Missed diagnosis of cancer in primary care: Insights from malpractice claims data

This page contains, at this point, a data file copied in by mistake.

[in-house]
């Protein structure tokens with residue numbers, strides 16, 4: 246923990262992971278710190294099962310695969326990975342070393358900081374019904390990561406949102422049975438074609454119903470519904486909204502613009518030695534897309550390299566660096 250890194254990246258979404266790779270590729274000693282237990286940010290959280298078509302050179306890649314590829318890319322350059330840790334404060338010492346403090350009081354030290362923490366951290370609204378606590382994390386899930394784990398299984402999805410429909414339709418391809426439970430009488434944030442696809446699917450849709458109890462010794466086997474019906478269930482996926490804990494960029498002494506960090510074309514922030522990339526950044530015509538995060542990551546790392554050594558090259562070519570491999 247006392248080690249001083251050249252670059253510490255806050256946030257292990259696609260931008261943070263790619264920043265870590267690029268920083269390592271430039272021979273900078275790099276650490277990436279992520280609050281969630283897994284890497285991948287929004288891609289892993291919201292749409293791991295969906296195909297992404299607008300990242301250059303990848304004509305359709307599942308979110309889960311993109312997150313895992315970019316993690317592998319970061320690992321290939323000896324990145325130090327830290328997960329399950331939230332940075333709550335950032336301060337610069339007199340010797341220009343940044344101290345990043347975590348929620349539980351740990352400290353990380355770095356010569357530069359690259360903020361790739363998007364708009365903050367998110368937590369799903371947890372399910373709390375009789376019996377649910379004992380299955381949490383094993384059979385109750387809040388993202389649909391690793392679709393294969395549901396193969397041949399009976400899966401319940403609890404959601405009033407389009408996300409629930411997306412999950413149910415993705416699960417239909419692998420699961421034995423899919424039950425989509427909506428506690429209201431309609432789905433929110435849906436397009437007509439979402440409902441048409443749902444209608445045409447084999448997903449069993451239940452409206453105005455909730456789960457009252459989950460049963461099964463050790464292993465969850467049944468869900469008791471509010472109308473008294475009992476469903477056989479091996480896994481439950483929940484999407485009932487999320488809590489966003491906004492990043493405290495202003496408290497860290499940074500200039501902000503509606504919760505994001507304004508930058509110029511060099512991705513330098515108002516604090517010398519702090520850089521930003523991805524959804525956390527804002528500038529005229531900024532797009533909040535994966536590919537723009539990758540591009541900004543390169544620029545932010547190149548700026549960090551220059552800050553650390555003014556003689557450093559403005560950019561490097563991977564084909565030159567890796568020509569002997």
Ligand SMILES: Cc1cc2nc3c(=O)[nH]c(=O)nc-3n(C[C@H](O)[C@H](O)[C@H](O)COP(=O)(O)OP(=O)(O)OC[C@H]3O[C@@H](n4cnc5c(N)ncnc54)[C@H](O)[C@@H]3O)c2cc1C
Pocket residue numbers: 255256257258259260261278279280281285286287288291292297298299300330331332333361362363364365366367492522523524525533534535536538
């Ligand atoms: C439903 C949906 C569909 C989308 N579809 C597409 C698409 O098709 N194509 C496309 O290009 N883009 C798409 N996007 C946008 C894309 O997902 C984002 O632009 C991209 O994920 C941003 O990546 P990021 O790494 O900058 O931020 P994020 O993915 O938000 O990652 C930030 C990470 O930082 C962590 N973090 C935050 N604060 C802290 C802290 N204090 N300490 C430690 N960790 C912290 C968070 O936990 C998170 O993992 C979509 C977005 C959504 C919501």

Cancer is a common but often challenging diagnosis in primary care, especially in patients presenting with nonspecific symptoms. Missed and delayed cancer diagnoses are common errors frequently associated with adverse clinical outcomes for patients, as well as contributors to malpractice risk in the primary care setting. Analysis of malpractice data has been highlighted as a potential strategy to help understand safety risks related to diagnostic errors and develop improvement strategies. This US study examined over 2000 closed diagnostic error malpractice claims in outpatient general medicine to identify key features associated with missed cancer diagnosis malpractice claims in primary care. The results showed that 46% of primary care diagnostic errors were missed cancer diagnoses (most commonly lung, colorectal, prostate, or breast cancer). The majority of these involved errors in clinical judgement – such as failure or delay in ordering a diagnostic test, or obtaining a consult or referral. These errors were associated with high-severity patient harm. These findings highlight the importance of preventing missed or delayed cancer diagnoses, and suggest more reliable systems for diagnostic testing and referrals are essential for patient safety in primary care.

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